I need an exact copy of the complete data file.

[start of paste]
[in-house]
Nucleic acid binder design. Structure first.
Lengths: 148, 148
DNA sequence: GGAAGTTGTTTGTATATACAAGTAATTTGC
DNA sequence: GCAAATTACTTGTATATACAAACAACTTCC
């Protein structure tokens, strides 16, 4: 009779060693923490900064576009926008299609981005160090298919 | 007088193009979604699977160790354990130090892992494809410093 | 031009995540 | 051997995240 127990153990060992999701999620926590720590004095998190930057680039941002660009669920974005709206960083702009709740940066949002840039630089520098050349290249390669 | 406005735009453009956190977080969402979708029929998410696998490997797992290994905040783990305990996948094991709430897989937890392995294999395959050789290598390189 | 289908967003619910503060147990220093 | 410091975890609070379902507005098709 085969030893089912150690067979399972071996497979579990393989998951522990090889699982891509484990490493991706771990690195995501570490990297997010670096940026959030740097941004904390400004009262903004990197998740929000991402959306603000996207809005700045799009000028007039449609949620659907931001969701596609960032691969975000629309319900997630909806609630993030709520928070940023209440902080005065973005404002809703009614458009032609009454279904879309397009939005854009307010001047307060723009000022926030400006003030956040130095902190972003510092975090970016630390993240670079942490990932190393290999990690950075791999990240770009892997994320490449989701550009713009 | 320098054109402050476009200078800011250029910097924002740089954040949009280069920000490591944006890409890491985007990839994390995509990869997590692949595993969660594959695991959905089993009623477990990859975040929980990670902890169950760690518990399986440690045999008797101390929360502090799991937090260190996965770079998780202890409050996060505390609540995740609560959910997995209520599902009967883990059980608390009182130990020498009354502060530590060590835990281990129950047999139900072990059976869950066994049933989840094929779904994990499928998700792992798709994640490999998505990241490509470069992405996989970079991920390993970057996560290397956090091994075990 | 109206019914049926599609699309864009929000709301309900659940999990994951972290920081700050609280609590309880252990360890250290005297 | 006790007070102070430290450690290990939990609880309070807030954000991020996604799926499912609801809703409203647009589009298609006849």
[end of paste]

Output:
[in-house]
Nucleic acid binder design. Structure first.
Lengths: 148, 148
DNA sequence: GGAAGTTGTTTGTATATACAAGTAATTTGC
DNA sequence: GCAAATTACTTGTATATACAAACAACTTCC
């Protein structure tokens, strides 16, 4: 009779060693923490900064576009926008299609981005160090298919 | 007088193009979604699977160790354990130090892992494809410093 | 031009995540 | 051997995240 127990153990060992999701999620926590720590004095998190930057680039941002660009669920974005709206960083702009709740940066949002840039630089520098050349290249390669 | 406005735009453009956190977080969402979708029929998410696998490997797992290994905040783990305990996948094991709430897989937890392995294999395959050789290598390189 | 289908967003619910503060147990220093 | 410091975890609070379902507005098709 085969030893089912150690067979399972071996497979579990393989998951522990090889699982891509484990490493991706771990690195995501570490990297997010670096940026959030740097941004904390400004009262903004990197998740929000991402959306603000996207809005700045799009000028007039449609949620659907931001969701596609960032691969975000629309319900997630909806609630993030709520928070940023209440902080005065973005404002809703009614458009032609009454279904879309397009939005854009307010001047307060723009000022926030400006003030956040130095902190972003510092975090970016630390993240670079942490990932190393290999990690950075791999990240770009892997994320490449989701550009713009 | 320098054109402050476009200078800011250029910097924002740089954040949009280069920000490591944006890409890491985007990839994390995509990869997590692949595993969660594959695991959905089993009623477990990859975040929980990670902890169950760690518990399986440690045999008797101390929360502090799991937090260190996965770079998780202890409050996060505390609540995740609560959910997995209520599902009967883990059980608390009182130990020498009354502060530590060590835990281990129950047999139900072990059976869950066994049933989840094929779904994990499928998700792992798709994640490999998505990241490509470069992405996989970079991920390993970057996560290397956090091994075990 | 109206019914049926599609699309864009929000709301309900659940999990994951972290920081700050609280609590309880252990360890250290005297 | 006790007070102070430290450690290990939990609880309070807030954000991020996604799926499912609801809703409203647009589009298609006849």